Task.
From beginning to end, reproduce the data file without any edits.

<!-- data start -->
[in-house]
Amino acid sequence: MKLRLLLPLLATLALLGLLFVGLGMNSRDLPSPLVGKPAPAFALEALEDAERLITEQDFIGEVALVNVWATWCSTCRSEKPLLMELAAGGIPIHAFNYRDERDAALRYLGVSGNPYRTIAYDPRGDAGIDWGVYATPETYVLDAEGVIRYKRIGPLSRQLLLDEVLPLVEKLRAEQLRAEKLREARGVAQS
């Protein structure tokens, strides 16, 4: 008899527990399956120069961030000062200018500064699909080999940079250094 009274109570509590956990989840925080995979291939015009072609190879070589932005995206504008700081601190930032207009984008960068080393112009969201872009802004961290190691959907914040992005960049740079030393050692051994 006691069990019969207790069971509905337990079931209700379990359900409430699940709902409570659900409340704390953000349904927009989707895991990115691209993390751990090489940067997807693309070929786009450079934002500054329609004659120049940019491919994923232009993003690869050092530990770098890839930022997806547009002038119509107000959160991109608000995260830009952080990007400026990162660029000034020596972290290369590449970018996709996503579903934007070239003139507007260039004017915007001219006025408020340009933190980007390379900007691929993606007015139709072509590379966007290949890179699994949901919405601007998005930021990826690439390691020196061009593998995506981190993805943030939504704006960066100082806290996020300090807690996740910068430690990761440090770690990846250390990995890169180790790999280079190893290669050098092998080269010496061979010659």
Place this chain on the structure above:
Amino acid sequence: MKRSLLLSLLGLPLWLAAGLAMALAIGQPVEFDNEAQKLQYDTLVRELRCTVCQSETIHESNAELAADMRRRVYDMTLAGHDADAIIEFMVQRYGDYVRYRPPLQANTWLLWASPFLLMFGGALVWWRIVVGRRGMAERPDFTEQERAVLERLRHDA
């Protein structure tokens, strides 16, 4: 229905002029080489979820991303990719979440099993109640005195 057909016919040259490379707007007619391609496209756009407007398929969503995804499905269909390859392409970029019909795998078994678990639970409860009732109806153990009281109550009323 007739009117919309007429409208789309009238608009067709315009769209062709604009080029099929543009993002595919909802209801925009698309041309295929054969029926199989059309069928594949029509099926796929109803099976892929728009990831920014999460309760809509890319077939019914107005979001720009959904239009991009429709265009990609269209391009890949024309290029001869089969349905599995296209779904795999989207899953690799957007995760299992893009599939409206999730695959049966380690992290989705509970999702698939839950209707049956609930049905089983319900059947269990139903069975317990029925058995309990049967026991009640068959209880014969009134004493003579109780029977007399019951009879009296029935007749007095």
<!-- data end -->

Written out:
[in-house]
Amino acid sequence: MKLRLLLPLLATLALLGLLFVGLGMNSRDLPSPLVGKPAPAFALEALEDAERLITEQDFIGEVALVNVWATWCSTCRSEKPLLMELAAGGIPIHAFNYRDERDAALRYLGVSGNPYRTIAYDPRGDAGIDWGVYATPETYVLDAEGVIRYKRIGPLSRQLLLDEVLPLVEKLRAEQLRAEKLREARGVAQS
């Protein structure tokens, strides 16, 4: 008899527990399956120069961030000062200018500064699909080999940079250094 009274109570509590956990989840925080995979291939015009072609190879070589932005995206504008700081601190930032207009984008960068080393112009969201872009802004961290190691959907914040992005960049740079030393050692051994 006691069990019969207790069971509905337990079931209700379990359900409430699940709902409570659900409340704390953000349904927009989707895991990115691209993390751990090489940067997807693309070929786009450079934002500054329609004659120049940019491919994923232009993003690869050092530990770098890839930022997806547009002038119509107000959160991109608000995260830009952080990007400026990162660029000034020596972290290369590449970018996709996503579903934007070239003139507007260039004017915007001219006025408020340009933190980007390379900007691929993606007015139709072509590379966007290949890179699994949901919405601007998005930021990826690439390691020196061009593998995506981190993805943030939504704006960066100082806290996020300090807690996740910068430690990761440090770690990846250390990995890169180790790999280079190893290669050098092998080269010496061979010659």
Place this chain on the structure above:
Amino acid sequence: MKRSLLLSLLGLPLWLAAGLAMALAIGQPVEFDNEAQKLQYDTLVRELRCTVCQSETIHESNAELAADMRRRVYDMTLAGHDADAIIEFMVQRYGDYVRYRPPLQANTWLLWASPFLLMFGGALVWWRIVVGRRGMAERPDFTEQERAVLERLRHDA
């Protein structure tokens, strides 16, 4: 229905002029080489979820991303990719979440099993109640005195 057909016919040259490379707007007619391609496209756009407007398929969503995804499905269909390859392409970029019909795998078994678990639970409860009732109806153990009281109550009323 007739009117919309007429409208789309009238608009067709315009769209062709604009080029099929543009993002595919909802209801925009698309041309295929054969029926199989059309069928594949029509099926796929109803099976892929728009990831920014999460309760809509890319077939019914107005979001720009959904239009991009429709265009990609269209391009890949024309290029001869089969349905599995296209779904795999989207899953690799957007995760299992893009599939409206999730695959049966380690992290989705509970999702698939839950209707049956609930049905089983319900059947269990139903069975317990029925058995309990049967026991009640068959209880014969009134004493003579109780029977007399019951009879009296029935007749007095």